The focus of Nair’s films is placed upon diasporic displaced people who end up in a marginal position after having had to relocate either because of better chances improving their lives or because of political reasons. I am going to show a case of the former through the examples of The Namesake (2006) and The Reluctant Fundamentalist (2012), and the latter, through Mississippi Masala (1991). I will also analyze Salaam Bombay! (1989) which is important in Nair’s oeuvre not only because of the critical acclaim it received but also because it was her first feature length movie signaling her breakaway from documentaries. The examination of cinematic and narrative elements applied in her films about the so-called ‘Other’ cultures—which are not necessarily known to most of the Western part of the world—show a certain “Western lack of sets of ideals and knowledge, and yet are so specific and local” that they become universal because “the message is clear regardless of where the person is from” (Walters, 2006).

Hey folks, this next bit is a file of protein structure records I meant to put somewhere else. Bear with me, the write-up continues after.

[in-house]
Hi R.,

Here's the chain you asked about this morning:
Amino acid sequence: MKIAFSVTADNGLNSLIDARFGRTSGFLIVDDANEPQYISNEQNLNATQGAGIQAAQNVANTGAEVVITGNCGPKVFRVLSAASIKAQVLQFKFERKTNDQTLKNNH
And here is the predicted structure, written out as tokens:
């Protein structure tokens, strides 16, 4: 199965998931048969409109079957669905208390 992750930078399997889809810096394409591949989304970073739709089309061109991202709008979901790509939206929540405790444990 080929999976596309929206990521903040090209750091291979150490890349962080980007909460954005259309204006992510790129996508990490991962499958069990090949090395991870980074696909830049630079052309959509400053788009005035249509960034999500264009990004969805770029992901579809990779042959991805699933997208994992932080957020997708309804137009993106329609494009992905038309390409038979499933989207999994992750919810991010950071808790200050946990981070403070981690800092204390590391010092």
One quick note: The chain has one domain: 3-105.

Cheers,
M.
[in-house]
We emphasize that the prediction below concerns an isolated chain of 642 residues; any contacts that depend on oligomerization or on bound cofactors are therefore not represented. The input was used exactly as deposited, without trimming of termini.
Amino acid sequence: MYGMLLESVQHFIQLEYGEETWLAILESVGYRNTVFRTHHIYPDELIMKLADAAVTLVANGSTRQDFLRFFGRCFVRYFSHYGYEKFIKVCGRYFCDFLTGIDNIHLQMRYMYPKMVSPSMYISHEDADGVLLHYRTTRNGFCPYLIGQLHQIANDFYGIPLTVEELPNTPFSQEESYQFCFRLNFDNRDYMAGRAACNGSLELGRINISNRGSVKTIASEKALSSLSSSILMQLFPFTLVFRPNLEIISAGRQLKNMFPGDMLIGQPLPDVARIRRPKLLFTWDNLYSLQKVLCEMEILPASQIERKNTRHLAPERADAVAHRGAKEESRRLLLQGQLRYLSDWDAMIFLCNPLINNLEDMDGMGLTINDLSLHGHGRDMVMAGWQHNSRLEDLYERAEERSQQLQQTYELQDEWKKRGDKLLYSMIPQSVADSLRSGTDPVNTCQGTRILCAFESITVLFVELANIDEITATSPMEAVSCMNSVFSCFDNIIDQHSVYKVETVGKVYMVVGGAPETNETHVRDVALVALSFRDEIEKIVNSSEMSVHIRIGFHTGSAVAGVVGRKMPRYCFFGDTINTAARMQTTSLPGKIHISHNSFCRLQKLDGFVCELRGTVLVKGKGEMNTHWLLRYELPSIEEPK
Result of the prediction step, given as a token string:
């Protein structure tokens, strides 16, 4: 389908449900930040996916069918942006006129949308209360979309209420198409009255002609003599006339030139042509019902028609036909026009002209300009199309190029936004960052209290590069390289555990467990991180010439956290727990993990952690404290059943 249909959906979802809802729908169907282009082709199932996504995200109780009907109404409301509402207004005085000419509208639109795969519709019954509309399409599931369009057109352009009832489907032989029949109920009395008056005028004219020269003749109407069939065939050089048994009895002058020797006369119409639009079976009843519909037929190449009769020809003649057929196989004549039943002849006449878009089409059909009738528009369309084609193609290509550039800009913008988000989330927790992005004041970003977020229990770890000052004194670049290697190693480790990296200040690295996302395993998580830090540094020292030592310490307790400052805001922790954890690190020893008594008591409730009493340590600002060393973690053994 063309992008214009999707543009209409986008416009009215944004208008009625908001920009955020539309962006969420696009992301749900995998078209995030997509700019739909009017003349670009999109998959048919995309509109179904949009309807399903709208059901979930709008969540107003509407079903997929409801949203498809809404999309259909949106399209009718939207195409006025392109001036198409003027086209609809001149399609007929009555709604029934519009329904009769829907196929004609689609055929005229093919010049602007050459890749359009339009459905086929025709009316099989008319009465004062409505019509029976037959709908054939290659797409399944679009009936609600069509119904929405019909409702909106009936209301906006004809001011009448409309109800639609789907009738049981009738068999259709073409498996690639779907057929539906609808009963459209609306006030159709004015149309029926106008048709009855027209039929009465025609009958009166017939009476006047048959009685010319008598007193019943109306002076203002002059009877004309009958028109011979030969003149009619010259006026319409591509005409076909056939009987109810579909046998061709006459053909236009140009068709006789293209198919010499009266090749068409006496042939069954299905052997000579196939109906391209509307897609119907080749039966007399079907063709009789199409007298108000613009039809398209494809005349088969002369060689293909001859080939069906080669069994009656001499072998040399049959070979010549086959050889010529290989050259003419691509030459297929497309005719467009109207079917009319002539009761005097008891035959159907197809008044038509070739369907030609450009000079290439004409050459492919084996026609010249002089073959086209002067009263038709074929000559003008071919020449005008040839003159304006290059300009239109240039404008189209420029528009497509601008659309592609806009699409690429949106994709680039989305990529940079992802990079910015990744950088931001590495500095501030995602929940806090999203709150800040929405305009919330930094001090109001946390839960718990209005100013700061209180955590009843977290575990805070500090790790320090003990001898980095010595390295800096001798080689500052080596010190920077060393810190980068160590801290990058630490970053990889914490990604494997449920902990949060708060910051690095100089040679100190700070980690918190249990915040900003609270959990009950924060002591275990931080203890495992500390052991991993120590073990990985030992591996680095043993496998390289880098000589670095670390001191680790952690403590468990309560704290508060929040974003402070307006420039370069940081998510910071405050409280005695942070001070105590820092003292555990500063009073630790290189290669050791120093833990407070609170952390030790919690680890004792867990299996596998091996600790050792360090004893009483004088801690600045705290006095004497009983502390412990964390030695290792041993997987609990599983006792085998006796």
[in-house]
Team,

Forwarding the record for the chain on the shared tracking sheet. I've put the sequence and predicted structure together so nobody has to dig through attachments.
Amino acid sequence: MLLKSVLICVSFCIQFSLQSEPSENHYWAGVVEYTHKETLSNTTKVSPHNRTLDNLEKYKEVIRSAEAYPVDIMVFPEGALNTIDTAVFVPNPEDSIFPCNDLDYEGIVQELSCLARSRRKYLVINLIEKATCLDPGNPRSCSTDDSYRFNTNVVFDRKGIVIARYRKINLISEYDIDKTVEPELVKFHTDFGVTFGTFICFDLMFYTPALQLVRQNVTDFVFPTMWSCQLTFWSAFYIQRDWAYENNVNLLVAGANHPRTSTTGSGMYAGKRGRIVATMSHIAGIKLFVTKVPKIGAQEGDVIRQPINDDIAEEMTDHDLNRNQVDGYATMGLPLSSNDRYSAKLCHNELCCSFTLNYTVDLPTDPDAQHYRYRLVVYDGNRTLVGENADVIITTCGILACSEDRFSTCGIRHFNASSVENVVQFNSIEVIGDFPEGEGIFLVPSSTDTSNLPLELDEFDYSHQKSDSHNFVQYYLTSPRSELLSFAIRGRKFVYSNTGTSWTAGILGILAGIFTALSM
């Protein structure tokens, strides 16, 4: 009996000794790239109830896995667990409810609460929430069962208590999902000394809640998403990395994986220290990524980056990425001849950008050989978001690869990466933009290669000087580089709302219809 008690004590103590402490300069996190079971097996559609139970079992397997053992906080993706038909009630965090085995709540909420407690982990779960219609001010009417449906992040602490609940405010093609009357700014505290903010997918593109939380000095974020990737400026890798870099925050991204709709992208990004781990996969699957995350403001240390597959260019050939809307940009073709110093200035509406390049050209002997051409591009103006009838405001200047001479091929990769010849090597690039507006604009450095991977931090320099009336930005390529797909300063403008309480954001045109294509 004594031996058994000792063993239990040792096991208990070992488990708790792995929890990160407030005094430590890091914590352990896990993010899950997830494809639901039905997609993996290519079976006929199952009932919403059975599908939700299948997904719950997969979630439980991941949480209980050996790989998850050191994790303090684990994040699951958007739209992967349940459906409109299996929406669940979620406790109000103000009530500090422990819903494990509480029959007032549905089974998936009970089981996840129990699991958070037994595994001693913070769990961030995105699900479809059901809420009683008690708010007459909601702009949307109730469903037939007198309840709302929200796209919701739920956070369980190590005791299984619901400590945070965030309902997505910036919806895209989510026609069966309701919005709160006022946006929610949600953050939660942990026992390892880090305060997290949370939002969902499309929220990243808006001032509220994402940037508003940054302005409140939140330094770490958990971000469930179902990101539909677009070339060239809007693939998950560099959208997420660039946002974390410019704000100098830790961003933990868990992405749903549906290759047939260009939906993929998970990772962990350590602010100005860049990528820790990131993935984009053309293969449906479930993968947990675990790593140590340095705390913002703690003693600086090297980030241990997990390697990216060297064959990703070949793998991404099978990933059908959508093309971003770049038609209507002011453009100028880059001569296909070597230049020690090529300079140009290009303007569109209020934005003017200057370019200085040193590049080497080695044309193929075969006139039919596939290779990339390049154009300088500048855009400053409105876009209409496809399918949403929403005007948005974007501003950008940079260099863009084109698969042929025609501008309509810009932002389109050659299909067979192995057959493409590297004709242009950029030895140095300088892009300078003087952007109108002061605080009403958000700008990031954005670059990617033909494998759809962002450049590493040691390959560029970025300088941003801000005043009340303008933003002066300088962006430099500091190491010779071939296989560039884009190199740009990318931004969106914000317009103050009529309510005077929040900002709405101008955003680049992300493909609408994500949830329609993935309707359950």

There are certain departures from reality in Nair’s works, which are evident on screen through the plasticity of the cinematic visualization different from the forms of documentary realism. This comes from the fact that Nair majored in visual studies and started her filmic carrier with several documentaries. Some of these, for instance in the case of India Cabaret (1985), were made so that Nair would just set the camera down, “make sure that there was a trust established” between her subjects and herself and rather “leaving the narrative to come alive in the editing room rather than in the process of shooting it” (Gopinath 2007). This is where the authenticity of stories comes from as it was neither a presupposed nor an expected outcome that had to be attained by the time the filming process ended. This creative approach of formulating narratives remained with Nair after breaking away from the documentary tradition when she started working on feature length films.